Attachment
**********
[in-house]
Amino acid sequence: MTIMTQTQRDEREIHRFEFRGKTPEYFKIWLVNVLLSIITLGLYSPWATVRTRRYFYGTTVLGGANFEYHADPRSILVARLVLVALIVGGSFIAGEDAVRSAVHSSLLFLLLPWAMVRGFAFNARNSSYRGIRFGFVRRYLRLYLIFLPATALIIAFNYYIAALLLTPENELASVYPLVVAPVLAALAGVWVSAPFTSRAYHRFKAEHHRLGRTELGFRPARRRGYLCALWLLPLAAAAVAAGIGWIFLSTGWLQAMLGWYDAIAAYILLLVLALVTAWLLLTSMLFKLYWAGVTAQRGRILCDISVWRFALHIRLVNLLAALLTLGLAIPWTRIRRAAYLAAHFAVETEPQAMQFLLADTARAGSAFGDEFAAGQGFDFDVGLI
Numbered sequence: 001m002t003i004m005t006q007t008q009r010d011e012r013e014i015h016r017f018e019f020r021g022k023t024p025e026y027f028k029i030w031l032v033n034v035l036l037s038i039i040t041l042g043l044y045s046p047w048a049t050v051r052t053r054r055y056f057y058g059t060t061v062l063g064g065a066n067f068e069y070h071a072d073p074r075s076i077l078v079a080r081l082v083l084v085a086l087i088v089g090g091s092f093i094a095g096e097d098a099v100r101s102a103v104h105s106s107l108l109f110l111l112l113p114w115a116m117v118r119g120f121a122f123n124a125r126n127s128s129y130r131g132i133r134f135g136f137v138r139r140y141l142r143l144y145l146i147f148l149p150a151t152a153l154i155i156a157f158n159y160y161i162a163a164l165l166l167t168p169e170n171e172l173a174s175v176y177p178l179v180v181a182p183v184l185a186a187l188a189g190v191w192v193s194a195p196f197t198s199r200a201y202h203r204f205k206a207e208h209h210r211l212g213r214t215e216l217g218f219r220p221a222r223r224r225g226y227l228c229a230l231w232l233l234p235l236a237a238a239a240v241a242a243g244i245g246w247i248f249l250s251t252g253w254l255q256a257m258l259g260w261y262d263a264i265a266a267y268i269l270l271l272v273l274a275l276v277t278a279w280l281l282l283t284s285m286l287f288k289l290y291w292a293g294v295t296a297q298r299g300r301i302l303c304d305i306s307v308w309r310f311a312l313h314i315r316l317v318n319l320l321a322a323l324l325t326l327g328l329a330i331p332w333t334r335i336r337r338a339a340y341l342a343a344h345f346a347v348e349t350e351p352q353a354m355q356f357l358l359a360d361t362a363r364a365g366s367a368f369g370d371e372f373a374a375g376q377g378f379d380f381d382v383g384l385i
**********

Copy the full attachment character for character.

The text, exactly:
[in-house]
Amino acid sequence: MTIMTQTQRDEREIHRFEFRGKTPEYFKIWLVNVLLSIITLGLYSPWATVRTRRYFYGTTVLGGANFEYHADPRSILVARLVLVALIVGGSFIAGEDAVRSAVHSSLLFLLLPWAMVRGFAFNARNSSYRGIRFGFVRRYLRLYLIFLPATALIIAFNYYIAALLLTPENELASVYPLVVAPVLAALAGVWVSAPFTSRAYHRFKAEHHRLGRTELGFRPARRRGYLCALWLLPLAAAAVAAGIGWIFLSTGWLQAMLGWYDAIAAYILLLVLALVTAWLLLTSMLFKLYWAGVTAQRGRILCDISVWRFALHIRLVNLLAALLTLGLAIPWTRIRRAAYLAAHFAVETEPQAMQFLLADTARAGSAFGDEFAAGQGFDFDVGLI
Numbered sequence: 001m002t003i004m005t006q007t008q009r010d011e012r013e014i015h016r017f018e019f020r021g022k023t024p025e026y027f028k029i030w031l032v033n034v035l036l037s038i039i040t041l042g043l044y045s046p047w048a049t050v051r052t053r054r055y056f057y058g059t060t061v062l063g064g065a066n067f068e069y070h071a072d073p074r075s076i077l078v079a080r081l082v083l084v085a086l087i088v089g090g091s092f093i094a095g096e097d098a099v100r101s102a103v104h105s106s107l108l109f110l111l112l113p114w115a116m117v118r119g120f121a122f123n124a125r126n127s128s129y130r131g132i133r134f135g136f137v138r139r140y141l142r143l144y145l146i147f148l149p150a151t152a153l154i155i156a157f158n159y160y161i162a163a164l165l166l167t168p169e170n171e172l173a174s175v176y177p178l179v180v181a182p183v184l185a186a187l188a189g190v191w192v193s194a195p196f197t198s199r200a201y202h203r204f205k206a207e208h209h210r211l212g213r214t215e216l217g218f219r220p221a222r223r224r225g226y227l228c229a230l231w232l233l234p235l236a237a238a239a240v241a242a243g244i245g246w247i248f249l250s251t252g253w254l255q256a257m258l259g260w261y262d263a264i265a266a267y268i269l270l271l272v273l274a275l276v277t278a279w280l281l282l283t284s285m286l287f288k289l290y291w292a293g294v295t296a297q298r299g300r301i302l303c304d305i306s307v308w309r310f311a312l313h314i315r316l317v318n319l320l321a322a323l324l325t326l327g328l329a330i331p332w333t334r335i336r337r338a339a340y341l342a343a344h345f346a347v348e349t350e351p352q353a354m355q356f357l358l359a360d361t362a363r364a365g366s367a368f369g370d371e372f373a374a375g376q377g378f379d380f381d382v383g384l385i